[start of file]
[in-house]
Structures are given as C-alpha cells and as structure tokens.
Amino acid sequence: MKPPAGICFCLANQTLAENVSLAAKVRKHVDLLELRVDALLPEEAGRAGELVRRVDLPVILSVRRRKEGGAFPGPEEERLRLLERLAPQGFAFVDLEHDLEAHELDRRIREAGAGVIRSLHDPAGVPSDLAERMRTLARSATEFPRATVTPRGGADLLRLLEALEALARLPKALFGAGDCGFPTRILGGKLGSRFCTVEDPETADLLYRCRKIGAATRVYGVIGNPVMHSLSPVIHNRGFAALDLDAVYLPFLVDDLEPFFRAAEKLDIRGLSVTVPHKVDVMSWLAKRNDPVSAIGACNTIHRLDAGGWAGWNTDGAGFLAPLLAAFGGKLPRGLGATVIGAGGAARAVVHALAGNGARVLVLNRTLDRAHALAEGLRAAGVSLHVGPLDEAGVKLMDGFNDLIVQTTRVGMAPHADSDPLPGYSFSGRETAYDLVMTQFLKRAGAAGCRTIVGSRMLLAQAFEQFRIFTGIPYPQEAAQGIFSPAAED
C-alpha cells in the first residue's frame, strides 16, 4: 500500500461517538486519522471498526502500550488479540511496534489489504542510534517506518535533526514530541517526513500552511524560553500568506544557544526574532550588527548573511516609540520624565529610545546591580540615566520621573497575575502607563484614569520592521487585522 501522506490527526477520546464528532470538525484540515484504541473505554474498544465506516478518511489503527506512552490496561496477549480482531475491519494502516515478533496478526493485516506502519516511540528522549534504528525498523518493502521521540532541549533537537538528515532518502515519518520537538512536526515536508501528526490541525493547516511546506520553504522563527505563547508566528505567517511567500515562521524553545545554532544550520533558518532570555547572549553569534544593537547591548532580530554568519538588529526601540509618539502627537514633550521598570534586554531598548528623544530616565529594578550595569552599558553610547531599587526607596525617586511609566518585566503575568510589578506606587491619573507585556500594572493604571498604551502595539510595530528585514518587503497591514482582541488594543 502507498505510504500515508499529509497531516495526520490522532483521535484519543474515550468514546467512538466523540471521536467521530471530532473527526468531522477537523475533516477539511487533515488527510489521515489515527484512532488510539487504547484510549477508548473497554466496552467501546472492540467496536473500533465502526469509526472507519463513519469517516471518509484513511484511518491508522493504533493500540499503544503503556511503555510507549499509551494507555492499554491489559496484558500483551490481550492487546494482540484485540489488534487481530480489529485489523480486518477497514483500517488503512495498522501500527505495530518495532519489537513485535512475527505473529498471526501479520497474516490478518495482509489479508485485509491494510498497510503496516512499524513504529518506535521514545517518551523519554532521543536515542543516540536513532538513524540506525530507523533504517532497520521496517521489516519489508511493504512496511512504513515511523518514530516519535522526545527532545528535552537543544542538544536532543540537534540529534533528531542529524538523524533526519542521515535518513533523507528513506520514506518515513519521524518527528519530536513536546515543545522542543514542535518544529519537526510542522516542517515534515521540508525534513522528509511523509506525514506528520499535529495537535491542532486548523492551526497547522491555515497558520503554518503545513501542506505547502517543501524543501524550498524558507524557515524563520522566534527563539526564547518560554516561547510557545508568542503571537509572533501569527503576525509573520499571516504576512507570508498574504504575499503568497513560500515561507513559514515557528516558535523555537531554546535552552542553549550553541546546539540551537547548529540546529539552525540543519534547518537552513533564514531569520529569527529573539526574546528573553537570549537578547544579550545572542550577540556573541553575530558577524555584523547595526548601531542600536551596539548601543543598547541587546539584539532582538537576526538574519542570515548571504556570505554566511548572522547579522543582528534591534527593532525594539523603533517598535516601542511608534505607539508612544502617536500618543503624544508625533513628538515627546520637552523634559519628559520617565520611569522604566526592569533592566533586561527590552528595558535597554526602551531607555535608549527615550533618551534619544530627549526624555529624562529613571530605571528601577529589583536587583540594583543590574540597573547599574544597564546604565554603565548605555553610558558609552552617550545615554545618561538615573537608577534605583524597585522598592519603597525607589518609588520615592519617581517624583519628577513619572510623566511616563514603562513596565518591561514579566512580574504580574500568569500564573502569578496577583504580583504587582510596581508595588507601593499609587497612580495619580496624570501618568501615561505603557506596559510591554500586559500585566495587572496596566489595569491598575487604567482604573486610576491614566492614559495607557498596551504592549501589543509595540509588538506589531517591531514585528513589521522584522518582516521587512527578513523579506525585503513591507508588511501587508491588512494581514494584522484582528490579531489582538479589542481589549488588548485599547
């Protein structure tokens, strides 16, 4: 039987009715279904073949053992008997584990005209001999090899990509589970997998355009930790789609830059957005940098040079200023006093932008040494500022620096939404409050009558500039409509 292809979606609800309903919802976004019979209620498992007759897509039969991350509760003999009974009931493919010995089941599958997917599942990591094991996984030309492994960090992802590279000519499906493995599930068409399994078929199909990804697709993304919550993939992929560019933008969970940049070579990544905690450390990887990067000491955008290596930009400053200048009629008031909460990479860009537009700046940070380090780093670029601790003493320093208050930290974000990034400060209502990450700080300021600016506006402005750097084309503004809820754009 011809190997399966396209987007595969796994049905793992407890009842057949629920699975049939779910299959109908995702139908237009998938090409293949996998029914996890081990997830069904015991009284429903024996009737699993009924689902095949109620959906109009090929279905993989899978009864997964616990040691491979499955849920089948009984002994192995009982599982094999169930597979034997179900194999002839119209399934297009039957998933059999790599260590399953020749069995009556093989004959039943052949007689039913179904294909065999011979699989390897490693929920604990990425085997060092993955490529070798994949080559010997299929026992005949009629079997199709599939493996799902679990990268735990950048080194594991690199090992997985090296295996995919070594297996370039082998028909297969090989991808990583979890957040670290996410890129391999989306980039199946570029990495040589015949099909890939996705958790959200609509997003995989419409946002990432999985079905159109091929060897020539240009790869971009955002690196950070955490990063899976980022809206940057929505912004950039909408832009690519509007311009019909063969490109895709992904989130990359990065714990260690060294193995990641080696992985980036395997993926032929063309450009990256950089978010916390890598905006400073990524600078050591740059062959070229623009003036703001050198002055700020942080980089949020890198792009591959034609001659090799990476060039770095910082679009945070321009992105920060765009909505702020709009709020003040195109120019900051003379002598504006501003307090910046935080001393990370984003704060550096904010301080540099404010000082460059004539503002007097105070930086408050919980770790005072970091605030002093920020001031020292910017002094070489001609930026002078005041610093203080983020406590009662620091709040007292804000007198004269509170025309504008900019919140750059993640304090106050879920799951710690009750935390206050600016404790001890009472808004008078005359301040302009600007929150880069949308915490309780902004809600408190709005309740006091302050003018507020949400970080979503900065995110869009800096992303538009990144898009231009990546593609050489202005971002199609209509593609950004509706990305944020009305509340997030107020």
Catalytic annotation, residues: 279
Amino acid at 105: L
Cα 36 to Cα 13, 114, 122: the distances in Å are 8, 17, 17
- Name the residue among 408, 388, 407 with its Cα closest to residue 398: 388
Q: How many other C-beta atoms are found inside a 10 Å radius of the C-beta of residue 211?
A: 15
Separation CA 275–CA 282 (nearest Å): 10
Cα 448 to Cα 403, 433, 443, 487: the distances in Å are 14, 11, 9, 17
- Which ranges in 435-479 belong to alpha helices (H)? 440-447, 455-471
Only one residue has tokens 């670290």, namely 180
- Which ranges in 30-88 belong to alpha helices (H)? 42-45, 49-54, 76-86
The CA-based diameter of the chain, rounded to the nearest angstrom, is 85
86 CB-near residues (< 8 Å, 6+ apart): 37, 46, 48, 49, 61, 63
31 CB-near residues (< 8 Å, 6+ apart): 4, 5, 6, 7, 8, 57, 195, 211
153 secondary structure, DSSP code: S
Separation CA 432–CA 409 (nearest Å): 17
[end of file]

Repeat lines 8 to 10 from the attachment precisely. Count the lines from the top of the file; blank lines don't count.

Cα 36 to Cα 13, 114, 122: the distances in Å are 8, 17, 17
- Name the residue among 408, 388, 407 with its Cα closest to residue 398: 388
Q: How many other C-beta atoms are found inside a 10 Å radius of the C-beta of residue 211?